Affordable Health Care For America Act

What does it mean for now, for later … and for you?

The debate goes on but seems to have gotten so boring that the news media has forgotten about it.  This is probably because it has little or no affect on most people in the immediate future.  A few nice, but non-consequential, things take place now to make it sound better.  The hard stuff doesn’t really become noticeable until after the mid-term elections.  It is not until then, and the following 48 months, that most people will be affected, and not necessarily in a good way.

Tea Party tax day protest 2010

On March 23, 2010, President Obama signed “historic” health care legislation into law following a year-long struggle with congress to follow through on what was a pivotal piece of his administration’s domestic policy agenda.  The most “historic” thing about it was that it was something the majority of the American people did not want passed, but it got passed anyway by a totally partisan vote.  The rules for passing such wide sweeping changes were themselves swept under the rug and true Washington D.C. corruption … “Chicago style” took over.

Who is this bill Really for?

“I am signing this bill for all the leaders who took up this cause through the generations,” said President Obama, “from Teddy Roosevelt to Franklin Roosevelt, from Harry Truman to Lyndon Johnson …”  That may sound good in a tele-prompted speech, but the real reason he signed it was to try to salvage his own political future.  He used every type of leverage and political capital he had available, including bribery, extortion.  There is one person, and one only person, he signed it for.

But, with that said, what does it mean?

What Obama signed may not include all the provisions and changes you think it does.  Many alterations have been made along the way and, at this point, many Americans are unsure of exactly what the AHCA Act entails.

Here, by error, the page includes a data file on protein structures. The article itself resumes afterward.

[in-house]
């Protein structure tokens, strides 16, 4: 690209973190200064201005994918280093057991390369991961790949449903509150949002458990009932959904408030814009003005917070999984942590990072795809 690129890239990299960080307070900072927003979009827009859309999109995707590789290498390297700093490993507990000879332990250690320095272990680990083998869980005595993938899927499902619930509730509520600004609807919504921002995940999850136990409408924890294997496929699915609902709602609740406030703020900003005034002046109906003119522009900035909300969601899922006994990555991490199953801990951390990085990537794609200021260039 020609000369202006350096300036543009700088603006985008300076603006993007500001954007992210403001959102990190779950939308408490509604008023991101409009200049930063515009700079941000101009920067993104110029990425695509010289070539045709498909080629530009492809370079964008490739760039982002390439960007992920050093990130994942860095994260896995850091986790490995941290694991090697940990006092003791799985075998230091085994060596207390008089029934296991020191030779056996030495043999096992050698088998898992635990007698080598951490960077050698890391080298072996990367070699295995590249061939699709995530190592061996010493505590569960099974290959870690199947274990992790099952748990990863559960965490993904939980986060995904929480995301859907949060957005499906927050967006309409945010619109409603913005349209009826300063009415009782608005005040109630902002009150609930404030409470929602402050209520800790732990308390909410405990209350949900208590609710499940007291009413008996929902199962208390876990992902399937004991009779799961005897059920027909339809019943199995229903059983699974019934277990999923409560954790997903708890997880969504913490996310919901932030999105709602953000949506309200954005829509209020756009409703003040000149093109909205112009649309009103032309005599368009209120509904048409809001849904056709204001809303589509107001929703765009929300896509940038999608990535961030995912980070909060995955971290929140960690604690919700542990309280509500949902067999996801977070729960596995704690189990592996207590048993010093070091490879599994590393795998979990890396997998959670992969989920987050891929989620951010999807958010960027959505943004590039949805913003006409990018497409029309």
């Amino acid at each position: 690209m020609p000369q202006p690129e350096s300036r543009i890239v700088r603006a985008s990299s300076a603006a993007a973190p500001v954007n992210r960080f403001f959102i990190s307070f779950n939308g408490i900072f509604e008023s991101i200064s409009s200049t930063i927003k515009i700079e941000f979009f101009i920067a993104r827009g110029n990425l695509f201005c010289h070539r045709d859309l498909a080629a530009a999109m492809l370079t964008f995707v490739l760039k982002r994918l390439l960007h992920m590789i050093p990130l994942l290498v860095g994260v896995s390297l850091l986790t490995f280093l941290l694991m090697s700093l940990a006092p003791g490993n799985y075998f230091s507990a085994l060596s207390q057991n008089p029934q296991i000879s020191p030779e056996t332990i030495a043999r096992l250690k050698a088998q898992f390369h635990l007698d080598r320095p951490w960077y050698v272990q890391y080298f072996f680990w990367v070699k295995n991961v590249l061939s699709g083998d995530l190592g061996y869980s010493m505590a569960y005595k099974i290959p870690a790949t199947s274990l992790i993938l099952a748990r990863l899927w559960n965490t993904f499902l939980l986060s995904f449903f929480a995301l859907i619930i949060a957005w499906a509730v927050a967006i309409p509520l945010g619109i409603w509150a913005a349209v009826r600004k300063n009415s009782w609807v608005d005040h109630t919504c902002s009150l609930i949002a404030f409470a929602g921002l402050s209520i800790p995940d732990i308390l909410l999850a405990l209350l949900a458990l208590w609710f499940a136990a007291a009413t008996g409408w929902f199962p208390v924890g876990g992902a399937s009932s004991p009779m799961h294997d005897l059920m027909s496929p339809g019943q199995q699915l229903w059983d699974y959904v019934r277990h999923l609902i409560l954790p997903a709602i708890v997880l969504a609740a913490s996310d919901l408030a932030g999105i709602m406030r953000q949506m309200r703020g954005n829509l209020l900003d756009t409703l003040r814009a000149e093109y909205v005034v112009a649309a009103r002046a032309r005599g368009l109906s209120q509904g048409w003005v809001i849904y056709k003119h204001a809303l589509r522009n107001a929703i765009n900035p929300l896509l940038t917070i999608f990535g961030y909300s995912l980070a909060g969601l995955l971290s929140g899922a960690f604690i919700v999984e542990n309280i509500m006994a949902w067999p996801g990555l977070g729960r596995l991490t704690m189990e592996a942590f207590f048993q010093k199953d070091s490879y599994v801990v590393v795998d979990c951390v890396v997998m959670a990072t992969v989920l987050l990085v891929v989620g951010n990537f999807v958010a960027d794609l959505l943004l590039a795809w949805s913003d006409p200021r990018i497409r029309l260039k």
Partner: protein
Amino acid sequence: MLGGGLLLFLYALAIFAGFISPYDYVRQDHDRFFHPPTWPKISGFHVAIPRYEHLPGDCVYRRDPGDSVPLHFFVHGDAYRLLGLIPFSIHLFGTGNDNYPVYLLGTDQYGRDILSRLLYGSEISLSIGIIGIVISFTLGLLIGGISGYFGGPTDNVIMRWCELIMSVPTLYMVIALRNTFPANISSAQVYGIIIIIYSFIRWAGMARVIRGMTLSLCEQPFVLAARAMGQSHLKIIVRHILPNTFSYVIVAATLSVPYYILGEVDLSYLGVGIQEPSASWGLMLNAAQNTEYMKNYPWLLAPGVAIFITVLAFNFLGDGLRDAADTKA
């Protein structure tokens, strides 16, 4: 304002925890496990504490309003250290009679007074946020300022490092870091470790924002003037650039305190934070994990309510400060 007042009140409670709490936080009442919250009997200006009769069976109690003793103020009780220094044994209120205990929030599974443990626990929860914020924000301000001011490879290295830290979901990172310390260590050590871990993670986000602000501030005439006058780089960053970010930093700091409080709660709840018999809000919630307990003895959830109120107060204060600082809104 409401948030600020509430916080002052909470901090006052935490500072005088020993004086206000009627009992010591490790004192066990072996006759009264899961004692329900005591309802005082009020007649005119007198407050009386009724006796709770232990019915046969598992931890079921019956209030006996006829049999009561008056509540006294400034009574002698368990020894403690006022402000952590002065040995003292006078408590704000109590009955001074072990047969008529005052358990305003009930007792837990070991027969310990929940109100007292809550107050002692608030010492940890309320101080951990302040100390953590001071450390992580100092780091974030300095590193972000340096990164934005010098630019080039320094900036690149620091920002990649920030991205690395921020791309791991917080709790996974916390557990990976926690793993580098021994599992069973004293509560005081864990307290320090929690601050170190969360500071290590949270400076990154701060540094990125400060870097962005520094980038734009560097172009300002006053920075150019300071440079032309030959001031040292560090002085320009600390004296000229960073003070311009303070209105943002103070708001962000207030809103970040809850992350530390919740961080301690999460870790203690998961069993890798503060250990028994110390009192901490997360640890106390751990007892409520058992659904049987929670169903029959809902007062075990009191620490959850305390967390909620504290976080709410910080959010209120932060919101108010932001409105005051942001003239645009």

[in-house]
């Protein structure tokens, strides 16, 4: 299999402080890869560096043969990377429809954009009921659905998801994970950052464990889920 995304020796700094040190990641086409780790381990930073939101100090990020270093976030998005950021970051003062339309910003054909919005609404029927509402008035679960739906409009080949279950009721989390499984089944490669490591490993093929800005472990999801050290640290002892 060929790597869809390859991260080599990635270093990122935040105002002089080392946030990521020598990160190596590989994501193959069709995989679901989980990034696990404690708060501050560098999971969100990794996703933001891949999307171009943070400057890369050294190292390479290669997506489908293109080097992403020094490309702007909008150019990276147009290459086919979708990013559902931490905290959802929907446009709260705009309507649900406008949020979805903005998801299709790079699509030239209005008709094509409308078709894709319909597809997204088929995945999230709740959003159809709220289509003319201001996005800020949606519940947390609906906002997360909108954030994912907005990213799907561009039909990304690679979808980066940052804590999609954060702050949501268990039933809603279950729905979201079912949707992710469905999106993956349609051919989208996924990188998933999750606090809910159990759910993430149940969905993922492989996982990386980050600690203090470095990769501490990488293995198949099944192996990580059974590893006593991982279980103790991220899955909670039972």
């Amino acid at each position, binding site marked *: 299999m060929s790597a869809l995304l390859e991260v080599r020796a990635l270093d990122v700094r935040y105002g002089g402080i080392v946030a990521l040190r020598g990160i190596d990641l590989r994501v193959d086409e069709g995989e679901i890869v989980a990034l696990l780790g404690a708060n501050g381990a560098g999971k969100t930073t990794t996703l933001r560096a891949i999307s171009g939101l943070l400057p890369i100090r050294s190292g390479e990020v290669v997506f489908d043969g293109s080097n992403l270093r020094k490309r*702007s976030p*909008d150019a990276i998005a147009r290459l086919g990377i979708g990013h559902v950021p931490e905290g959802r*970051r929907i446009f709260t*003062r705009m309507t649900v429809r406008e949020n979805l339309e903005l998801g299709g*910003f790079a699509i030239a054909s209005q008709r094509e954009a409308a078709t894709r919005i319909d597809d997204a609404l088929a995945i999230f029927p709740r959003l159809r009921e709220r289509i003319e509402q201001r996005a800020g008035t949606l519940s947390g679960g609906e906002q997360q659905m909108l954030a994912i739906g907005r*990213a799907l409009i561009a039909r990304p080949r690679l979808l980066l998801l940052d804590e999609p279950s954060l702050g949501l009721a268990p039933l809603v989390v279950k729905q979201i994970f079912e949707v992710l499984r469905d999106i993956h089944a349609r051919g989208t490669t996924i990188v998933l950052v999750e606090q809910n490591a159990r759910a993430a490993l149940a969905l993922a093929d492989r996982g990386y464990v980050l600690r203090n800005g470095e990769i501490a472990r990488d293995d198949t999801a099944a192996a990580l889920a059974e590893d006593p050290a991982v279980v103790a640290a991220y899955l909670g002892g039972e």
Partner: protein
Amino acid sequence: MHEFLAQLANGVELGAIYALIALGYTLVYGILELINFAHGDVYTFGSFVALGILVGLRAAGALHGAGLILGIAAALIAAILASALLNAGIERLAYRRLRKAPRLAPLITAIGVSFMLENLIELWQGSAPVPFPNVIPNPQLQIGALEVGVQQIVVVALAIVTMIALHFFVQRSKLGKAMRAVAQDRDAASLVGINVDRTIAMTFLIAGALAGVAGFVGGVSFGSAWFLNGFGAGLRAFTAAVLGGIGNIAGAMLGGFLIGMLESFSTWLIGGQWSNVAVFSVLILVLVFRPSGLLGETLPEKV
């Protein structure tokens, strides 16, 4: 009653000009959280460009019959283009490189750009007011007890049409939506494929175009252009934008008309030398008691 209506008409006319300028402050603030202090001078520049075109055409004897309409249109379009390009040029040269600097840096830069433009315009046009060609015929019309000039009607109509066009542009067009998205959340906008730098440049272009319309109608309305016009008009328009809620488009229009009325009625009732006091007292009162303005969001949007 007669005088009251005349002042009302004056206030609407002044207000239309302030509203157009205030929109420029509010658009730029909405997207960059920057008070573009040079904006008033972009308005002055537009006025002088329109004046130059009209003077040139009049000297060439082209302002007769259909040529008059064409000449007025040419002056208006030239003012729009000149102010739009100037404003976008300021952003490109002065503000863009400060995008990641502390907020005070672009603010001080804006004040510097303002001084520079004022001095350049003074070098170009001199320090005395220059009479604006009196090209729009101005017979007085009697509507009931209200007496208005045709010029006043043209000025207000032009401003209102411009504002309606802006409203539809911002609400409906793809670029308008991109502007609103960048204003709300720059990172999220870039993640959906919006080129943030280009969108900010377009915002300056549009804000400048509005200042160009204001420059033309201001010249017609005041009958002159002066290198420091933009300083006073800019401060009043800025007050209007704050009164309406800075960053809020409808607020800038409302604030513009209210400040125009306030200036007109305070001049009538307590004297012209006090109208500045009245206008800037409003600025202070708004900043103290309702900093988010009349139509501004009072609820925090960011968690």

What changes are slated for 2010?

The “immediate” changes include:

  1. Extending the length of time a child can remain on his/her parents’ plan – through age 26 (ending on the child’s 27th birthday).
  2. Children can no longer be denied coverage due to pre-existing conditions.
  3. Policies can no longer be rescinded by insurers when a person becomes ill (unless fraud or misrepresentation is proven).

In the immediate future that really doesn’t mean much because most people’s insurance options haven’t yet changed.  But, believe me they will.  In order to accommodate those kind of changes premiums will go up!  No where does it say in the bill that those changes are provided free by your insurance company!

What changes are slated for the future?

Some of the most sweeping reforms won’t take effect for a few years.  The biggest thing that has everyone buzzing involves required health care insurance.  Beginning in 2014, Americans (except those with religious objections, inmates and Native Americans) will be required to have health insurance coverage … or face an annual “penalty“.  The only good thing is that the penalty cost less than the actual insurance, and if you get sick you can go ahead and buy insurance after you have a problem, since they can no longer deny you coverage for pre-existing conditions.  That may be the best option.

And what about taxes?

The other big thing getting buzz involves tax increases: a new tax which starts in 2013 – a 3.8% tax on investment income for individuals earning more than $200,000 and households earning more than $250,000.  That doesn’t mean to say that people making less won’t also pay also.

Where can you get more information?  The White House has provided a website but, it is the last place I would look for an honest unbiased view.  You can visit whitehouse.gov/healthreform .  Just remember this is a very one-sided, slanted view of the bill, and does not give a fair representation of what it really means.

Is it settled?

Nope.  Amendments to the bill have already been proposed, and Attorney Generals from more than 14 states have filed a lawsuit claiming the new bill is unconstitutional.  Justice Department spokesman Charles Miller, however, is “confident that this statute is constitutional”.  Nothing would surprise me.

For it or Against it, one thing for sure … the way this was passed is the is the most corrupt action I have ever observed.  When one party, either party, controls both the House and the Senate as well as the White House there is no check and balance.  Corruption occurs.

Bribes and extortion  are not unconstitutional … they are criminal.  But, … someone has to initiate a unbiased investigation and that ain’t gonna happen.  That is reserved for the important stuff like Sarah Palin, Major League Baseball, and airport restrooms.  It’s time to take care of things at the voting booth.  Wait a minute isn’t that what happened last time?  Papa B.

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